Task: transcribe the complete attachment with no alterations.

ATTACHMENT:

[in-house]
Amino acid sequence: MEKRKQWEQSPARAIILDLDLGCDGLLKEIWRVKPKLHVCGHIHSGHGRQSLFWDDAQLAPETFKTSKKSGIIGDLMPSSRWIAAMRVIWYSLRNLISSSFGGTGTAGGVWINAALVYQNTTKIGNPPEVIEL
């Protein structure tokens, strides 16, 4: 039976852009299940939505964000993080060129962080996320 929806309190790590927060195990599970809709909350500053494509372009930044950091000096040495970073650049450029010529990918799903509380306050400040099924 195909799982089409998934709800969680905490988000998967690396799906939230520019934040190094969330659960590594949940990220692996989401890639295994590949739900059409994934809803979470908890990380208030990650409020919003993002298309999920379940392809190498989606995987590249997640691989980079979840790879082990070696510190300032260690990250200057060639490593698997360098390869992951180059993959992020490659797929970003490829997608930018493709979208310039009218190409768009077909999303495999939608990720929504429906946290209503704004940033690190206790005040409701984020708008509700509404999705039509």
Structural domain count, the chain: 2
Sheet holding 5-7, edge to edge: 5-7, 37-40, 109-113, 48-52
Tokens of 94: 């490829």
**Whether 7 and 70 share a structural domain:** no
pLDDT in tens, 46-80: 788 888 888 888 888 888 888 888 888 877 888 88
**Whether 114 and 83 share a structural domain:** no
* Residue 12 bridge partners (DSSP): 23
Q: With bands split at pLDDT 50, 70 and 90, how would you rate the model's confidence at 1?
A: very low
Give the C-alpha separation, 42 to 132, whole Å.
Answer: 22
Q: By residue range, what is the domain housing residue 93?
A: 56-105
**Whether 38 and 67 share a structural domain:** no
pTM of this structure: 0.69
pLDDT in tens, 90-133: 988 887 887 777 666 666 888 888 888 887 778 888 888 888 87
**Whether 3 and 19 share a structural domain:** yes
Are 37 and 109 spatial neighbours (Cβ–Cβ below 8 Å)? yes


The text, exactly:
[in-house]
Amino acid sequence: MEKRKQWEQSPARAIILDLDLGCDGLLKEIWRVKPKLHVCGHIHSGHGRQSLFWDDAQLAPETFKTSKKSGIIGDLMPSSRWIAAMRVIWYSLRNLISSSFGGTGTAGGVWINAALVYQNTTKIGNPPEVIEL
């Protein structure tokens, strides 16, 4: 039976852009299940939505964000993080060129962080996320 929806309190790590927060195990599970809709909350500053494509372009930044950091000096040495970073650049450029010529990918799903509380306050400040099924 195909799982089409998934709800969680905490988000998967690396799906939230520019934040190094969330659960590594949940990220692996989401890639295994590949739900059409994934809803979470908890990380208030990650409020919003993002298309999920379940392809190498989606995987590249997640691989980079979840790879082990070696510190300032260690990250200057060639490593698997360098390869992951180059993959992020490659797929970003490829997608930018493709979208310039009218190409768009077909999303495999939608990720929504429906946290209503704004940033690190206790005040409701984020708008509700509404999705039509």
Structural domain count, the chain: 2
Sheet holding 5-7, edge to edge: 5-7, 37-40, 109-113, 48-52
Tokens of 94: 């490829």
**Whether 7 and 70 share a structural domain:** no
pLDDT in tens, 46-80: 788 888 888 888 888 888 888 888 888 877 888 88
**Whether 114 and 83 share a structural domain:** no
* Residue 12 bridge partners (DSSP): 23
Q: With bands split at pLDDT 50, 70 and 90, how would you rate the model's confidence at 1?
A: very low
Give the C-alpha separation, 42 to 132, whole Å.
Answer: 22
Q: By residue range, what is the domain housing residue 93?
A: 56-105
**Whether 38 and 67 share a structural domain:** no
pTM of this structure: 0.69
pLDDT in tens, 90-133: 988 887 887 777 666 666 888 888 888 887 778 888 888 888 87
**Whether 3 and 19 share a structural domain:** yes
Are 37 and 109 spatial neighbours (Cβ–Cβ below 8 Å)? yes